Huge News! I have been inducted into the Australian Society for Fish Biology Hall of Fame! Read my Bio here

From science to art.

Born in Western Australia, Lindsay grew up fishing and diving in and around the beautiful Indian Ocean. She caught her first fish at age five from a jetty on a trip to Victor Harbor (it was a Sweep) and from that moment was fascinated with aquatic creatures. She learned to dive at age thirteen and, shortly after, took a diving trip to Ningaloo reef. It was then that she decided to devote her life to the study of the marine environment, sharks in particular. After graduating from Murdoch University with honours in Marine Science, Lindsay went on to study with the CSIRO at the University of Tasmania where she attained a Ph.D. in shark morphology and fisheries science. She is also a published shark taxonomist. Lindsay has had no formal artistic training, besides tertiary school art classes where her final piece was chosen for the ‘Year 12 Perspectives 1998’ exhibition at the Art Gallery of Western Australia. However, she has been painting and drawing since the age of seven, and has worked professionally under the pseudonym ‘Stick Figure Fish’ since 2003.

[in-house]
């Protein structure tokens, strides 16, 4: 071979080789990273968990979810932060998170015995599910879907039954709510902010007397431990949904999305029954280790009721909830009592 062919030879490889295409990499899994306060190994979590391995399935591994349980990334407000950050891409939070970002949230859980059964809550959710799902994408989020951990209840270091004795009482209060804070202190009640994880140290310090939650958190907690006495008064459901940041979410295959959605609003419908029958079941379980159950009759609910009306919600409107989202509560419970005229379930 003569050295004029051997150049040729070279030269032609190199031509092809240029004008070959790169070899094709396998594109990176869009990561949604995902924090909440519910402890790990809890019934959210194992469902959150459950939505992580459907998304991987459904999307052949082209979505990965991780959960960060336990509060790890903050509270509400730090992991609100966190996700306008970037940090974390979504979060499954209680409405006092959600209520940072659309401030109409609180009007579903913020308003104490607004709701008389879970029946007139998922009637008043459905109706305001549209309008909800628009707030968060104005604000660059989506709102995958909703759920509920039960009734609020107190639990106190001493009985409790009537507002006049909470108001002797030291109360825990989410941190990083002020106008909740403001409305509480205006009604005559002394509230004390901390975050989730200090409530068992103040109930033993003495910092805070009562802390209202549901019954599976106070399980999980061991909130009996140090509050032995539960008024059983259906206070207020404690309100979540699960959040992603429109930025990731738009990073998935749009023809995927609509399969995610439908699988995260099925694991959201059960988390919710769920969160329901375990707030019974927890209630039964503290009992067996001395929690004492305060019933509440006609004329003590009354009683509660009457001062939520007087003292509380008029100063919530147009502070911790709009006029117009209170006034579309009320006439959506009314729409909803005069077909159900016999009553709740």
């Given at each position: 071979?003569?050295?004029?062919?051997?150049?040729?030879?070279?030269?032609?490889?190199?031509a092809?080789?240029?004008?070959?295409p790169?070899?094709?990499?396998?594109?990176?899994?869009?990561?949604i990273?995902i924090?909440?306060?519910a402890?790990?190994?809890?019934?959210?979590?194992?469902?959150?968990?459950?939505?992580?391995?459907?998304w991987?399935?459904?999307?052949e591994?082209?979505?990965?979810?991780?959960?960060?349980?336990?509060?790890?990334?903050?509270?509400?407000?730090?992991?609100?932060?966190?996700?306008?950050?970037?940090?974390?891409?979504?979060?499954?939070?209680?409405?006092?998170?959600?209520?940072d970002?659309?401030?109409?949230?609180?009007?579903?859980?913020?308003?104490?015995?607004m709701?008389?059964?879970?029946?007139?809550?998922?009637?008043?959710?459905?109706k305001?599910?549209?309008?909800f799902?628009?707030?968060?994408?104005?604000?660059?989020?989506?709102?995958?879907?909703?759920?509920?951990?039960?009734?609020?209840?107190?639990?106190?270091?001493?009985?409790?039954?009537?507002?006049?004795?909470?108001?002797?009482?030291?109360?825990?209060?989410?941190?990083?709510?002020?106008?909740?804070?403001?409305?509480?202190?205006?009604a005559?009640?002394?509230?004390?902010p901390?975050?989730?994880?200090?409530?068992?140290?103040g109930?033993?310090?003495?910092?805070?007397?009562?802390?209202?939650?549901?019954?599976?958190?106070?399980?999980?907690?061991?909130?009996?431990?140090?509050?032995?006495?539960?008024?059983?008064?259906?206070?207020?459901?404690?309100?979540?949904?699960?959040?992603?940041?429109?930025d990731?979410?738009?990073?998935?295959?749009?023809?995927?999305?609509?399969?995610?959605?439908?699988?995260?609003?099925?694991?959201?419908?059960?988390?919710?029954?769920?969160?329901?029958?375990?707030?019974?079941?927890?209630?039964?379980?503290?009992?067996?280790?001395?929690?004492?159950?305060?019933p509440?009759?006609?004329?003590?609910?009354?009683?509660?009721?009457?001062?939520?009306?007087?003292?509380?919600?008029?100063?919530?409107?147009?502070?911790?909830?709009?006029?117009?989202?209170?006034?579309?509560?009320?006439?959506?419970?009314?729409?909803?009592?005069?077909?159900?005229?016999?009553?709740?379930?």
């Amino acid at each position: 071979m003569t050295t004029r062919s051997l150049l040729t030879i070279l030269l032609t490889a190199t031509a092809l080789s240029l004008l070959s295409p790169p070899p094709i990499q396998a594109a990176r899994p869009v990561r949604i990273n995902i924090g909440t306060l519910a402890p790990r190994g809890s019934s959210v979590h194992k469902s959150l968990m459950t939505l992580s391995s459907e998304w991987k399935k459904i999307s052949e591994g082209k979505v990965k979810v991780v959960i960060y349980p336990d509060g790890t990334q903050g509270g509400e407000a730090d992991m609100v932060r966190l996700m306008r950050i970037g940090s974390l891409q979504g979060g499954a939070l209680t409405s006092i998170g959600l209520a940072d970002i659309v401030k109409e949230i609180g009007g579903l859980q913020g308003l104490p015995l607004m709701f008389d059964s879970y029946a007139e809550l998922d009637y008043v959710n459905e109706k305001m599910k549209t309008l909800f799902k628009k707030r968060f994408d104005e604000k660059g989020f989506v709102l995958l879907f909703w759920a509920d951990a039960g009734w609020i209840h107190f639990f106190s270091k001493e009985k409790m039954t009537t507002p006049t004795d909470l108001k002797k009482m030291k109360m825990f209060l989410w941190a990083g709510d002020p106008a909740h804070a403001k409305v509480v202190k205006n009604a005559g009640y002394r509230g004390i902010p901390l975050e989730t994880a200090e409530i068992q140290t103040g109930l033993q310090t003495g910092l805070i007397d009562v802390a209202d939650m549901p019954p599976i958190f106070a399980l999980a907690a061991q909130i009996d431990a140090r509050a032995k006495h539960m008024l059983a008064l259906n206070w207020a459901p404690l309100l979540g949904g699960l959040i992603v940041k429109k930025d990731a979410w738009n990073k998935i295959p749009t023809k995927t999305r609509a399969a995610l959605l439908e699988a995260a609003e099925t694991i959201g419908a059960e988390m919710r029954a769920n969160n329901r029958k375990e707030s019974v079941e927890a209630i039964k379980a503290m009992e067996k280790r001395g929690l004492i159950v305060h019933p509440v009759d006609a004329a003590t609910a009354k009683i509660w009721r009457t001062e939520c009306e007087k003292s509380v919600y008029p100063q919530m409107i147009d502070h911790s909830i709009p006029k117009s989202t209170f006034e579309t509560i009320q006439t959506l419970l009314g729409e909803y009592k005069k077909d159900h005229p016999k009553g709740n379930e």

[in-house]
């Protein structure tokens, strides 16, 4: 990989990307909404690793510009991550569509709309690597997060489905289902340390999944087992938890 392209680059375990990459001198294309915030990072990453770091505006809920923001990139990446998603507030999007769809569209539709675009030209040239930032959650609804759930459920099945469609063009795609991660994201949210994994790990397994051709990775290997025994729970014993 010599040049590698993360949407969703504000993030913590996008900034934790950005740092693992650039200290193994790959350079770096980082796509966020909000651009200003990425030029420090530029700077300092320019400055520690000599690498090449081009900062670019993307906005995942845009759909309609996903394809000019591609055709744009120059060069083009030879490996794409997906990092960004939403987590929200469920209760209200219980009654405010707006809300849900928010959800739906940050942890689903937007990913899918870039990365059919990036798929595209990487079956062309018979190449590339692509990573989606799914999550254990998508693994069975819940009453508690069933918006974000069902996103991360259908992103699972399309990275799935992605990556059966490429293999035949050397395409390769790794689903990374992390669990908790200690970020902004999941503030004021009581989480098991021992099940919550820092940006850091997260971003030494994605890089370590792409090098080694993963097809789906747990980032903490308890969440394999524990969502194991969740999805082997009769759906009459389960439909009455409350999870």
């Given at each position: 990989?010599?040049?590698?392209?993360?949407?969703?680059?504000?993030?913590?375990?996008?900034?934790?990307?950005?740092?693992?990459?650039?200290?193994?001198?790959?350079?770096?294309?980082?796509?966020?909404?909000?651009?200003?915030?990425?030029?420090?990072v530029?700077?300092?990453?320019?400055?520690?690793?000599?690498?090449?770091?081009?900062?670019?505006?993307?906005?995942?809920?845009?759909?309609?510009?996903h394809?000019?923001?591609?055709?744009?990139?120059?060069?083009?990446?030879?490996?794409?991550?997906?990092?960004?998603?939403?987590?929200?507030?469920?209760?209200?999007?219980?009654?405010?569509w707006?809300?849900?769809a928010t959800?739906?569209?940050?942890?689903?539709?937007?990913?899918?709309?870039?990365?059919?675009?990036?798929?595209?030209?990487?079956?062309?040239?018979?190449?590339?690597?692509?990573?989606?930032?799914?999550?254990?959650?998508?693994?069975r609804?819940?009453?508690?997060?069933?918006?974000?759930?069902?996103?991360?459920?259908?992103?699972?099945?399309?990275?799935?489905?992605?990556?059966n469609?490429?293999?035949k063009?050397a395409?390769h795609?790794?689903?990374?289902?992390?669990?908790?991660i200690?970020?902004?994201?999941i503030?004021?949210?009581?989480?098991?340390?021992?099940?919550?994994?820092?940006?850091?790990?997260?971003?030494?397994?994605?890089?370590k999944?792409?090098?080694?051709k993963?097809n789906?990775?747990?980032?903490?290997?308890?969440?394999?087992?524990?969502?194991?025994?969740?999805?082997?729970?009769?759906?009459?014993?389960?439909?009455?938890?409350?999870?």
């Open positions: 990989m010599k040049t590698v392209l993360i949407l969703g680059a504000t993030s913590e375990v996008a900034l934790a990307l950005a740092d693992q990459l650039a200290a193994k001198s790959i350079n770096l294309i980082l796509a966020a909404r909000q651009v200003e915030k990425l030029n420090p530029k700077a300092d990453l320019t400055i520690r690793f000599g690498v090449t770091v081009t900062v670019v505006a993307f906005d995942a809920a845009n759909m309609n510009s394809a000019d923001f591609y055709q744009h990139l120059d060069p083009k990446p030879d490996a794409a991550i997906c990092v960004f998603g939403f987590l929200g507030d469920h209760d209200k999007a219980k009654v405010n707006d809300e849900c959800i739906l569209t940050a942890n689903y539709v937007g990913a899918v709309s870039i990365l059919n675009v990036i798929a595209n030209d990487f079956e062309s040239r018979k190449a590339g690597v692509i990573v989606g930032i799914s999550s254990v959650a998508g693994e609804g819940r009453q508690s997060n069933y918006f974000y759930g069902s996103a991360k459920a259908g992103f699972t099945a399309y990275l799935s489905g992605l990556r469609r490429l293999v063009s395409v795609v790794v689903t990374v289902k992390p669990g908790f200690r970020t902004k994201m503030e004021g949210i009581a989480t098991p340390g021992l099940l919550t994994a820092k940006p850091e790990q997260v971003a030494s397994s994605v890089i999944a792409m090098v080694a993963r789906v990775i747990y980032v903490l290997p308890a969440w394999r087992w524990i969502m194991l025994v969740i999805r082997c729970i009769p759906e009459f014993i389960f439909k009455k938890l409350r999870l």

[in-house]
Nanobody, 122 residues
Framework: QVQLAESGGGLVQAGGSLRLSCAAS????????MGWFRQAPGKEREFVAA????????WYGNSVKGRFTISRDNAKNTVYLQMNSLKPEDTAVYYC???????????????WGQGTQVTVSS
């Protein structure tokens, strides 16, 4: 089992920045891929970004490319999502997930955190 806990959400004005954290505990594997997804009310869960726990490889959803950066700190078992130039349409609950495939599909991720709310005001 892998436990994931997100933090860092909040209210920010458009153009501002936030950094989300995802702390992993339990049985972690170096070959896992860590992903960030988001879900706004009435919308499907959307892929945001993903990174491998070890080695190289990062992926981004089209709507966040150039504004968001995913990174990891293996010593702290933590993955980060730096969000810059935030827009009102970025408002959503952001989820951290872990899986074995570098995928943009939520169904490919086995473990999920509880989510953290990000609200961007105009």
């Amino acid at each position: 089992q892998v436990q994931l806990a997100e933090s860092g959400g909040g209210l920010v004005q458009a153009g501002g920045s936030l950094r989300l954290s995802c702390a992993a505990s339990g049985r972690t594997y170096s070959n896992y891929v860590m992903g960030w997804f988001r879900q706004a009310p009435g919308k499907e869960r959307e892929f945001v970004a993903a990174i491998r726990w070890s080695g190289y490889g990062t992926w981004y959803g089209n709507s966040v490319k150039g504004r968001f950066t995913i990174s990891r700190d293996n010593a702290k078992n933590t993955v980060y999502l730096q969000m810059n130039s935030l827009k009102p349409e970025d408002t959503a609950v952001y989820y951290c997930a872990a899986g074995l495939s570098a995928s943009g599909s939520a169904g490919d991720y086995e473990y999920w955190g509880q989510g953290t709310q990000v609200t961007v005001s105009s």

As an artist, she has drawn influence from other natural history artists such as Roger Swainston, Elizabeth Gould, John William Lewin, Christopher Pope and George Coates. Lindsay has completed illustrations for many scientific publications and texts including, a key to Australian Myctophids (with CSIRO) and a book cover for “Economically important sharks and rays Indonesia” by W.T. White. Her most significant published work to date is 'Rays of the World' by CSIRO Press, the first illustrated guide to all extant species of ray. The Tree of Life Project will be Lindsay’s debut large-scale illustration project. Lindsay uses a digital tablet to create taxonomically accurate sketches of each specimen and then transfers the sketch to watercolour paper where she paints the final image using an acrylic medium.

Lindsay’s artistic philosophy is of technical vividness. She has a great respect for each animal that she paints and endeavors to represent each individual with accuracy, integrity, and a vivid life force. She believes in the importance of documenting natural history, as many of the species that she paints may not exist in the near future. What Lindsay would ultimately like to accomplish with her art is to inspire a sense of wonder about the natural world through her paintings and, in doing so, motivate people to value and conserve the natural world.
Listen to an interview with Lindsay on ABC Radio National's Books and Arts Program here